Hamelin Station Stay, first season under Bush Heritage Australia

on 08 Oct 2015 

With the purchase of Hamelin Station in March this year we opened Hamelin Station Stay, ready for a new season under Bush Heritage Australia. Built in 2009, the facility has accommodation for 21 people in eight rooms set in historic shearers' quarters, as well as 30 caravan and camping sites within unpowered bush camp settings, with supporting facilities including communal shearers' kitchen and dining area, a great outdoor BBQ area and modern toilet and shower facilities.

In mid-March the temperature reached 44°C with barely a blade of foliage on the ground, with the winter rain not due till mid-June. On our first day of operation we were off to a stormy start, having to postpone opening due to a very late season cyclone that had crossed Cape York in QLD, flown across the NT coast and tracked down the WA coast. It caused much havoc as it progressed from a category 3 to 2 while crossing over the top of Hamelin Station. It dumped between 50-100mm of rain across the property and even removed a roof from one of the cottages.

At 9pm when the eye crossed over and the wind dropped, we conducted a quick 15-minute assessment around the stay and found an amazing sight – thousands of frogs outside our door, including Mains Frogs, Desert Trilling Frogs, and a third unknown species. We felt very privileged to witness this event. Even after the winter rains came, we haven’t seen another amphibian since.

A few days later after a big clean-up, we were very excited to acccept our first guests and start a new chapter for Bush Heritage Australia.

Our strategy for the season has been to focus on supplying clean, well-maintained facilities in a friendly, relaxed atmosphere. We're also encouraging people to experience what Hamelin Station has to offer, to explore the Shark Bay World Heritage Area and the many nature-based opportunities it provides.

We're also focusing on informing our guests about what Bush Heritage is and what it does. We’ve been using signage, maps, pamphlets and an iPad, as well as engaging in face-to-face conversations, to share the Bush Heritage story.

A big part of our role has been interacting with our guests – whether it’s at reception, while we’re pulling weeds from around the facility, or while sitting at the communal dining and BBQ areas. We receive such a huge range of questions, including how we started, to how much it costs to run.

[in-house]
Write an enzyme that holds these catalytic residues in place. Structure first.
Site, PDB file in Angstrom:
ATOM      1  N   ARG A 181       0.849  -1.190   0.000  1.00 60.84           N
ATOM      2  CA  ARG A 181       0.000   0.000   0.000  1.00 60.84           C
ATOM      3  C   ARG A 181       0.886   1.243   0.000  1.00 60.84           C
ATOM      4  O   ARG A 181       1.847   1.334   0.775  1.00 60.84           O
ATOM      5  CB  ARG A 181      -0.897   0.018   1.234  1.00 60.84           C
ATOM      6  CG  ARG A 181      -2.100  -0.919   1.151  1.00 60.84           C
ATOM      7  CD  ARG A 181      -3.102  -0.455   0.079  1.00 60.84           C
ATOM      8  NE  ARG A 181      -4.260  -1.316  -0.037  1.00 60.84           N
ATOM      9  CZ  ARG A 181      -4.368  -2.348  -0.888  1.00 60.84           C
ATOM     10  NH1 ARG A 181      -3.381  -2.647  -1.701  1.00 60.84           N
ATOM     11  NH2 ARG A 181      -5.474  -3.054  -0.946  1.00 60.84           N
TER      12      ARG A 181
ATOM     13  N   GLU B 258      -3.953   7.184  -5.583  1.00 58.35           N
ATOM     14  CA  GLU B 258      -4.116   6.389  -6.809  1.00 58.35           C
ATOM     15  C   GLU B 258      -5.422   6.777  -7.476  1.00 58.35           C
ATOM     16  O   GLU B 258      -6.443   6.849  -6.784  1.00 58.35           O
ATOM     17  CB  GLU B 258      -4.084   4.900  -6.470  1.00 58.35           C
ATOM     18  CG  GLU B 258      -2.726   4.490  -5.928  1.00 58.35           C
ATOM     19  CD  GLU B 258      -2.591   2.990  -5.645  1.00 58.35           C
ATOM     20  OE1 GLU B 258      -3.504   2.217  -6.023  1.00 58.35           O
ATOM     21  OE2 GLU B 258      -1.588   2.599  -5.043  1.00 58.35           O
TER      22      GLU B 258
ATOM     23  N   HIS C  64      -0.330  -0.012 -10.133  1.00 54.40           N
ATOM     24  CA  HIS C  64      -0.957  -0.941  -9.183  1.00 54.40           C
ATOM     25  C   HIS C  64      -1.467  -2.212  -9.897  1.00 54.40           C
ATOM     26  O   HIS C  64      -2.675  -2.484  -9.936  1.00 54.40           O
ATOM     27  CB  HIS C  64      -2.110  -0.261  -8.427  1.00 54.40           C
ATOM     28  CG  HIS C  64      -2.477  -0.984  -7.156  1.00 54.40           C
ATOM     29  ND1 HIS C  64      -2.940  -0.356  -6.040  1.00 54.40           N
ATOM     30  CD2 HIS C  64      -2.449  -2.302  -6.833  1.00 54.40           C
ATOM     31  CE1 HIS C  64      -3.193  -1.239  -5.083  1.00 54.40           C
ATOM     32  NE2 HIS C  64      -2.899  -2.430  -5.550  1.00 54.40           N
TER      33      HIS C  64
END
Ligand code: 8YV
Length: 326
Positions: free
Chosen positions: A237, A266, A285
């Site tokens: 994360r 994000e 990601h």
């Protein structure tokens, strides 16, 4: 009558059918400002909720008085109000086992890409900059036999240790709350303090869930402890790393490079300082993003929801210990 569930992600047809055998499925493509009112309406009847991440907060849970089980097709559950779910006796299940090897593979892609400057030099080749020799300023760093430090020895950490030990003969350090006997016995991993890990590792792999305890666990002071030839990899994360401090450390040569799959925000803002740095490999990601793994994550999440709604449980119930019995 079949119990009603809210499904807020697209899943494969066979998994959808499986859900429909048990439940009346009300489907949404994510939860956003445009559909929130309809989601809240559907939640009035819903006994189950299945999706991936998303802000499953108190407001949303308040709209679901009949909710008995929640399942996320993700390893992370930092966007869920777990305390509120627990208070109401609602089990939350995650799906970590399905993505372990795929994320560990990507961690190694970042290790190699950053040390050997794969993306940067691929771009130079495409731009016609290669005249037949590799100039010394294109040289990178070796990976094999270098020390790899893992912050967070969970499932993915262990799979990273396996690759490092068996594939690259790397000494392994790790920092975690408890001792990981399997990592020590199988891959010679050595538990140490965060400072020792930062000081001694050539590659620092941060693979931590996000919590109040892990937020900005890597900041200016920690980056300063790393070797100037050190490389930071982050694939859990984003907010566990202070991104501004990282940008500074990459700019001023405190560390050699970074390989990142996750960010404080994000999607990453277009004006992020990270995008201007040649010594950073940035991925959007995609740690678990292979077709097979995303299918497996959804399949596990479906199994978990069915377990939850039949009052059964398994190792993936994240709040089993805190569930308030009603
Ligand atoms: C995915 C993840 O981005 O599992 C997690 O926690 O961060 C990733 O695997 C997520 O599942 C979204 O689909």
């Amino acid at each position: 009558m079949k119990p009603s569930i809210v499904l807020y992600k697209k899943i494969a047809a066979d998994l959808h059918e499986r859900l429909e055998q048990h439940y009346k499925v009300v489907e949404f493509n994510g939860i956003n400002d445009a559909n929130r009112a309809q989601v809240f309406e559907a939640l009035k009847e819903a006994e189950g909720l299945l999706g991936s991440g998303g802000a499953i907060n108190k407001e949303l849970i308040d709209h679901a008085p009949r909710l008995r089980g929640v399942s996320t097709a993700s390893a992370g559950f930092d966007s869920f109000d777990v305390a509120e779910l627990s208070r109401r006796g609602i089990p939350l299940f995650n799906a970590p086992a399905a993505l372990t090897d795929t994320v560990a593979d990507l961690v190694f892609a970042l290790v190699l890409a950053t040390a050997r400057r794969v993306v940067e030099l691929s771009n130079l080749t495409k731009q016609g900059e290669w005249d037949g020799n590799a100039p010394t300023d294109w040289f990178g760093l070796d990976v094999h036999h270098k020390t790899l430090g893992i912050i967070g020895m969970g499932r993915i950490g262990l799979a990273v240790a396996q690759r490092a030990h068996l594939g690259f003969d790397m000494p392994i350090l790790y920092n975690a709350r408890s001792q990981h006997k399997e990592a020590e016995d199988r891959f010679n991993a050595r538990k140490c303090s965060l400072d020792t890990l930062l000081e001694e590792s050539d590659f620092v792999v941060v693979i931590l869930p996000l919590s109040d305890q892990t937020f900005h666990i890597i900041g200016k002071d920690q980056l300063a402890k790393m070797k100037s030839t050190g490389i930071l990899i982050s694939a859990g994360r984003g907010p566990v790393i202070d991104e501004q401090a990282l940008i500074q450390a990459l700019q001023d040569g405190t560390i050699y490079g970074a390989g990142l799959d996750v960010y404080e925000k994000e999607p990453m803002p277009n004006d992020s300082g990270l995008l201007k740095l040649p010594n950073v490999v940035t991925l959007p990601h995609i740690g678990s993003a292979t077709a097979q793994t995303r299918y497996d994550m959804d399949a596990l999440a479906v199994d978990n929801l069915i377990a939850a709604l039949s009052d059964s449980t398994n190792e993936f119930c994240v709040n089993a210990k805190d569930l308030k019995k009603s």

Throughout the season, we've tried to give our guests more of an experience than just a stopover point. We've turned the old shearing shed into a self-guided historical tour that follows the path of the sheep through the yards, into the shearing area with many old relics, including wool bails, wool fleeces, shearing gear and interpretive history of the Shark Bay pastoral era on the walls. 

We've also installed a library of books covering Shark Bay flora and fauna, geology, Indigenous history and culture, as well as European and pastoral history. We have binoculars for our guests for bird-watching, and it’s fantastic to see the kids go to the lake where we've placed more seating, bird resting areas and bird identification charts for the more common birds.

Another very important point of interest that we spend a lot of time promoting is the Stromatolites, which are found right along the Hamelin Station coast. They can be accessed within five minutes via a boardwalk which has information about these very important living marine formations.   

Our hard-working volunteers put in over 400 hours of time on a number of projects, including the shearing shed, rebuilding of habitat in and around the camping and lake area, removal of weeds, pastoral rubbish and equipment, and removal of lots of beer bottles from 137 years of the shearing industry!

As a measure of success, we've received lots of positive feedback from returning guests who could see all the great changes being completed. The weed removal has also helped with a cracking wildflower season around the Station, due to above average rainfall we experienced for the year.

We've found over the season that word of mouth is such an important factor for guests hearing about us and then staying with us. Guests regularly say, “I heard about you and Bush Heritage when we were up in Cape York in QLD”, or “at the Flinders Ranges SA”, so the grapevine is alive and well.

About 70% of our guests were Australian over the June to August period, and the remaining 30% international guests with Germans making up a big percentage of that group. We've just achieved 10,000 guest nights, which is a fantastic effort from our small team and the great support received from the various Bush Heritage work groups. We were very proud to win a Trip Advisor 'Certificate of Excellence award' for our consistent 5-star service and facilities.

This season has been an amazing experience with many challenges as well as achievements. Hopefully we are setting a platform for many more great experiences for our guests and we hope to see you here in the near future.